We waited for a while for the sensor to start working and then met with Dr. W who supervises our doctor. Our doc (I mentioned this before) is a "fellow" at CHOP and is overseen by the senior physicians. We've met Dr. W before but always very quickly for him to sign off on our visits. Yesterday, he came in, and walked right over to Grace, put both hands on her knees, looked her right in the eyes and said, "You're going to be ok sweetheart. I promise you-you'll be just fine." Grace looked right at him, again with pursed lips, and nodded. I inhaled and exhaled. Grace was worried the sensor site had a good amount of blood near it but the doctor assured us it was normal and actually a good sign of a well-placed sensor. He cracked all kinds of jokes which made us laugh. He explained to Grace why she would wear the sensor and confirmed that those bad low blood sugars were very concerning. He went on to say to Grace, "Dr. G tells me your mom worries a lot about you. We don't want moms and dads to worry too much so we have this cool technology to help them. Mom loves you so much, she wants to keep you safe. It's only a week you have to wear it and you're done. Then mom can sleep better." I was basically staring at the ceiling, biting my bottom lip, trying not to sob. CHOP gets it. It's not just about bodies, and blood sugars, and aren't these little people interesting with their medical problems? Our team had discussed me, my concerns, and came up with a plan to help all of us. I walked out of there relieved, tired, and wanting to curl up under the covers with Grace for a week til this is over.
Next Wednesday the sensor comes out and we can see what it tells us. It's a relief to put this issue in someone else's hands. The doctor was honest and explained the data could be all over the place and we might have to try again in 3 months. To me, it's worth the risk and inconvenience. Grace has been handling it all like a champ. She's annoyed by the size of it, it's itchy, and kind of bothers her when she sits. I hate seeing it on her. She has her site for her pump and now this. She's looking somewhat bionic which is really disturbing me. But she's happy. She went off to school today and barely a word was said about it. We're off to soccer in a minute and she hasn't said a word about it. So I leave her alone. My issues are not her issues. I think this is a good policy to stick to.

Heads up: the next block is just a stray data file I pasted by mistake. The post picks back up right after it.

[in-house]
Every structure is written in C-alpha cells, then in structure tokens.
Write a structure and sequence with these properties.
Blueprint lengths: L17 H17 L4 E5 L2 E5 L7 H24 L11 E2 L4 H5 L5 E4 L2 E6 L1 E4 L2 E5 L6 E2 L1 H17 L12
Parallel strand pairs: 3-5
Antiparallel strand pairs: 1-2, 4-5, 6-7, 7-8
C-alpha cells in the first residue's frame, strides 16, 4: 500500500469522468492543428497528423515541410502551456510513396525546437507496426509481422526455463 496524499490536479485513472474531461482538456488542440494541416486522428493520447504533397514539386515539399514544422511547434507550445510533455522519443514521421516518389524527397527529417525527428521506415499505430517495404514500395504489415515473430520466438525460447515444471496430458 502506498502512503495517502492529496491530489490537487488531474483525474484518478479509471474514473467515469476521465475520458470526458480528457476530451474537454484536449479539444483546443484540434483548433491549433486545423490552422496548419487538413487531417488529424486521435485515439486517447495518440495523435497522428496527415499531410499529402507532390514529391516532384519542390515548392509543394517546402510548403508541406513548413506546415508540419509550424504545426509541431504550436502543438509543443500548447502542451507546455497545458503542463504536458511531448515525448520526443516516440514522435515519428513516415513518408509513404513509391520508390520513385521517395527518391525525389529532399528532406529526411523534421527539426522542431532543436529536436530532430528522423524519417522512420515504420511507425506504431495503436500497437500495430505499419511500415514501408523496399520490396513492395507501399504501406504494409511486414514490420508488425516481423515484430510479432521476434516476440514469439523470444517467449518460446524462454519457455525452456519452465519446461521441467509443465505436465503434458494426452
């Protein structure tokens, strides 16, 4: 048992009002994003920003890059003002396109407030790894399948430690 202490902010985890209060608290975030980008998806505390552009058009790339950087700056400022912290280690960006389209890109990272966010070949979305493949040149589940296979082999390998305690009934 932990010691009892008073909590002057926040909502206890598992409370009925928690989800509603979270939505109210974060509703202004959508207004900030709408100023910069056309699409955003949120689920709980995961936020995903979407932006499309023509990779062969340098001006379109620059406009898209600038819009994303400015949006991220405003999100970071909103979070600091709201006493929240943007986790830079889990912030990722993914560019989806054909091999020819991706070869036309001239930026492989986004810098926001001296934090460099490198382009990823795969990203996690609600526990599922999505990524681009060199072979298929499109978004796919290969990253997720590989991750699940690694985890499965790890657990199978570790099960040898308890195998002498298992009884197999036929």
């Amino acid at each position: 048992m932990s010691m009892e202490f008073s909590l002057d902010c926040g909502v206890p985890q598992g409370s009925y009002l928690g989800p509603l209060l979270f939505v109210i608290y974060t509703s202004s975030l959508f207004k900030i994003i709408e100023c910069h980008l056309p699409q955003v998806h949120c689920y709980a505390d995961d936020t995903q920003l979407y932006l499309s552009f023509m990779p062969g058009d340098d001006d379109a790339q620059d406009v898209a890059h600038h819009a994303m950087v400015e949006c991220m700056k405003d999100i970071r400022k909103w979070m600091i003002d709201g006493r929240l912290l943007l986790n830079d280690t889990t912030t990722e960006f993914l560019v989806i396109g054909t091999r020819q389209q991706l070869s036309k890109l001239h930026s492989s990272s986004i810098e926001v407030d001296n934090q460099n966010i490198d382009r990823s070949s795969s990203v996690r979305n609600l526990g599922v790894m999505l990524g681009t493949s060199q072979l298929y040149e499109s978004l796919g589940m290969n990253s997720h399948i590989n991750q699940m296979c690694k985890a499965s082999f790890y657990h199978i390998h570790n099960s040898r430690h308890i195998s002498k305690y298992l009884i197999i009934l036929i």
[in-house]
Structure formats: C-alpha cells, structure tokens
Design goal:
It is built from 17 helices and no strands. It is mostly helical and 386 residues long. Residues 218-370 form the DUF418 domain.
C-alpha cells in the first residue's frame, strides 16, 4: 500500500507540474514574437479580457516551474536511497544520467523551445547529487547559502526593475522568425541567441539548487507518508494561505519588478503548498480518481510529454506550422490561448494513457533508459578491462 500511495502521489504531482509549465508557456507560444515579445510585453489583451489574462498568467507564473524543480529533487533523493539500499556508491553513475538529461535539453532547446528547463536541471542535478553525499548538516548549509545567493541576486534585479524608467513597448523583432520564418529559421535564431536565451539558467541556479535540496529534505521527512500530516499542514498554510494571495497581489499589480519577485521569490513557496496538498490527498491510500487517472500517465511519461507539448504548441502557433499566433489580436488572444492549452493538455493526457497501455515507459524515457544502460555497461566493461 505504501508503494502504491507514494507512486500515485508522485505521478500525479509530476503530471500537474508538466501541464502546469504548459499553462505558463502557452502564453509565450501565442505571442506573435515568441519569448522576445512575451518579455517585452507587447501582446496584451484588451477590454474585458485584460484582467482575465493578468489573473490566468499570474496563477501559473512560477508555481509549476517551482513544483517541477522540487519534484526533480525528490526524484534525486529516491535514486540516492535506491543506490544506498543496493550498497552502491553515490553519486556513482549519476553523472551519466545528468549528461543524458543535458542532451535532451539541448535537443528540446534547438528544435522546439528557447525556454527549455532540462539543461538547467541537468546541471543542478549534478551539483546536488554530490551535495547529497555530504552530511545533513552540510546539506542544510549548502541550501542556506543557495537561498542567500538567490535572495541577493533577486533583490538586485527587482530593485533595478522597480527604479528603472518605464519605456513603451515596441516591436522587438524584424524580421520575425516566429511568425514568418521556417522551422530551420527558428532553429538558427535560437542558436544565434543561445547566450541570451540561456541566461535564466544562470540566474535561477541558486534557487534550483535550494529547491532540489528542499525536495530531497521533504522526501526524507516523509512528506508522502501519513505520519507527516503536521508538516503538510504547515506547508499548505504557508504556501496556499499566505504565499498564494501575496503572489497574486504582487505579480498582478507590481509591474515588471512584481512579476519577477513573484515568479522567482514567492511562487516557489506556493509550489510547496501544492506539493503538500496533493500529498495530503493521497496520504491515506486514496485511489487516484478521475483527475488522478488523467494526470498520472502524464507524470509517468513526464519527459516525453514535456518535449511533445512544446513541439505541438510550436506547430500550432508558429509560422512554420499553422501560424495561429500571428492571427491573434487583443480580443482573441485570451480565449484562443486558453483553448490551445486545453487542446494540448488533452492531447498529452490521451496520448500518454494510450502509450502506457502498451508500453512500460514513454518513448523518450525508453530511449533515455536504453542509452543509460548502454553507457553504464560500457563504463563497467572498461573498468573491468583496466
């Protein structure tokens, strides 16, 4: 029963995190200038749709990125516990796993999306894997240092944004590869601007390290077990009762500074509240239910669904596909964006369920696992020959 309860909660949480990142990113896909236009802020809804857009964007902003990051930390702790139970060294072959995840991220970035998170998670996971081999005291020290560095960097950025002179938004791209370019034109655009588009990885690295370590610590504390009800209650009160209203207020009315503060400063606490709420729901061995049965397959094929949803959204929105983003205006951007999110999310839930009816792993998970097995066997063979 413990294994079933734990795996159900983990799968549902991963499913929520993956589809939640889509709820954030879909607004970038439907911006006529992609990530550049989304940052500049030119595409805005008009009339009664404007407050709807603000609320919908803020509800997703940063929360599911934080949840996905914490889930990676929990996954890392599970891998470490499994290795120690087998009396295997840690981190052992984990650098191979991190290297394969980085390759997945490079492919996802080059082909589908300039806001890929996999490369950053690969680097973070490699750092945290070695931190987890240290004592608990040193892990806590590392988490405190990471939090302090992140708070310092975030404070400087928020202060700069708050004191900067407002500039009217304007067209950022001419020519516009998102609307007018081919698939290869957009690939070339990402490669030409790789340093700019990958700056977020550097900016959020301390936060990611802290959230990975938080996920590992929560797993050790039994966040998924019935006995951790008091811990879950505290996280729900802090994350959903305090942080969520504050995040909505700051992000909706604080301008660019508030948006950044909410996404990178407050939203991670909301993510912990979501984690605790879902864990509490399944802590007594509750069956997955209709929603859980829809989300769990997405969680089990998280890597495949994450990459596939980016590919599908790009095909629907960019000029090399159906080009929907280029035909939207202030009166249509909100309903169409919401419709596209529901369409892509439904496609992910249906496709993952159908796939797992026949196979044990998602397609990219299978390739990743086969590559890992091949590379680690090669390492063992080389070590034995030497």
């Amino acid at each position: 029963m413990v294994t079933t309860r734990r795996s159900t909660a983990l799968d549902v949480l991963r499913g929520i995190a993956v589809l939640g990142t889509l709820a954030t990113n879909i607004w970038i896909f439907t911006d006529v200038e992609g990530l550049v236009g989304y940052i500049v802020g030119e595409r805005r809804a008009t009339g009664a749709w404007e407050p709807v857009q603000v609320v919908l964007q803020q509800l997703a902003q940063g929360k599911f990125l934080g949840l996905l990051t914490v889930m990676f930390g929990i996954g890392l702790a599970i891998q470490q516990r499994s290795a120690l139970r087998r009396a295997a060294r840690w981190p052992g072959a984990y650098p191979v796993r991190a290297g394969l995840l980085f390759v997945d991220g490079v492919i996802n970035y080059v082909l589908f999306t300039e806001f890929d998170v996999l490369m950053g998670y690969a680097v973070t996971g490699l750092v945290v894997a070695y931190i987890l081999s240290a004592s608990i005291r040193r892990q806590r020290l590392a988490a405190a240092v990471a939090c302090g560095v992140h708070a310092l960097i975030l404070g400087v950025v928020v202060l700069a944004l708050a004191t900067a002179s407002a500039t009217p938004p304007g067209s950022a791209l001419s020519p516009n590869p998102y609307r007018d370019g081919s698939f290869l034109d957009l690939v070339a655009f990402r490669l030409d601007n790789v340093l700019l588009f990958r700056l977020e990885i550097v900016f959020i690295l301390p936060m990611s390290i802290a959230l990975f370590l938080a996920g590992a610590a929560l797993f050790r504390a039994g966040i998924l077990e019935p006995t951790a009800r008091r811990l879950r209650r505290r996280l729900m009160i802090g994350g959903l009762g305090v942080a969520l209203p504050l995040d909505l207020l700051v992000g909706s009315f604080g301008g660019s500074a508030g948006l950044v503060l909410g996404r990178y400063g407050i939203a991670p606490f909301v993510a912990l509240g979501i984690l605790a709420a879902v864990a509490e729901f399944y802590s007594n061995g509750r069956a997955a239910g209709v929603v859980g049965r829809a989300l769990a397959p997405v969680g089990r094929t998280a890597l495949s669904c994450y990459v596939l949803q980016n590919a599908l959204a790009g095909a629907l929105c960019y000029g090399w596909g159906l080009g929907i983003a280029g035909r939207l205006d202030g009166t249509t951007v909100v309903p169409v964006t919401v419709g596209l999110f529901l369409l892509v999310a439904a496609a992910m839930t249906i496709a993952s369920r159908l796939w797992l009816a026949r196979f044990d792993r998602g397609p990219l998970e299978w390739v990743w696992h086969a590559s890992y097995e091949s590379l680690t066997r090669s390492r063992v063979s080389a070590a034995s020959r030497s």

Wednesday, September 12, 2012
Many of you were extremely generous last year. All together we raised over $2,000! We're hoping to do the same this year. While many things have changed for us over the past year, there is a constancy to diabetes that is maddening. Here are some things I want you to know about our life with type one.
1) We check Grace's sugar at least 6x a day. It requires Grace to drop what's she's doing-extremely hard for an active kid-and get her finger pricked. Grace essentially can't eat until we've checked her sugar.
2) We frequently check Grace's sugar in the middle of the night. Not for giggles. Kids can go dangerously low in the night. I check her to keep her safe. It makes her tired. It makes me tired.
3) You might not know it when your child is fighting off a virus. We know immediately when Grace is fighting a virus. Even though she might not be sick, the act of fighting it off makes her diabetes go nuts and it makes her feel awful.
4) I receive multiple emails a day from our school nurse letting me know what Grace's numbers are, how her disposition is, and sometimes a phone call so we can discuss treatment. Essentially, every other hour, we are dealing with diabetes even when Grace is at school. She spends lots of time in the nurse's office when the other kids are at recess, lunch, or class.
5) Grace hates diabetes. It frustrates her. It makes her angry. Sometimes she doesn't want to cooperate and we have to make her. We argue about diabetes. I yell. She yells. She cries. I cry. The whole thing sucks and makes you feel like the meanest parent in the world when all you want to do is keep them safe.
6) Grace wears an insulin pump 24 hours a day, 7 days a week. It is not a cure for diabetes. A pump is a programmable pancreas. It's not "smart." It doesn't know when she is high or when she is low. We have to tell it what to do. Telling it what to do requires a close analysis of all of Grace's blood sugar numbers. Give too little and her sugar goes high. Give too much and her sugar goes low creating a dangerous situation.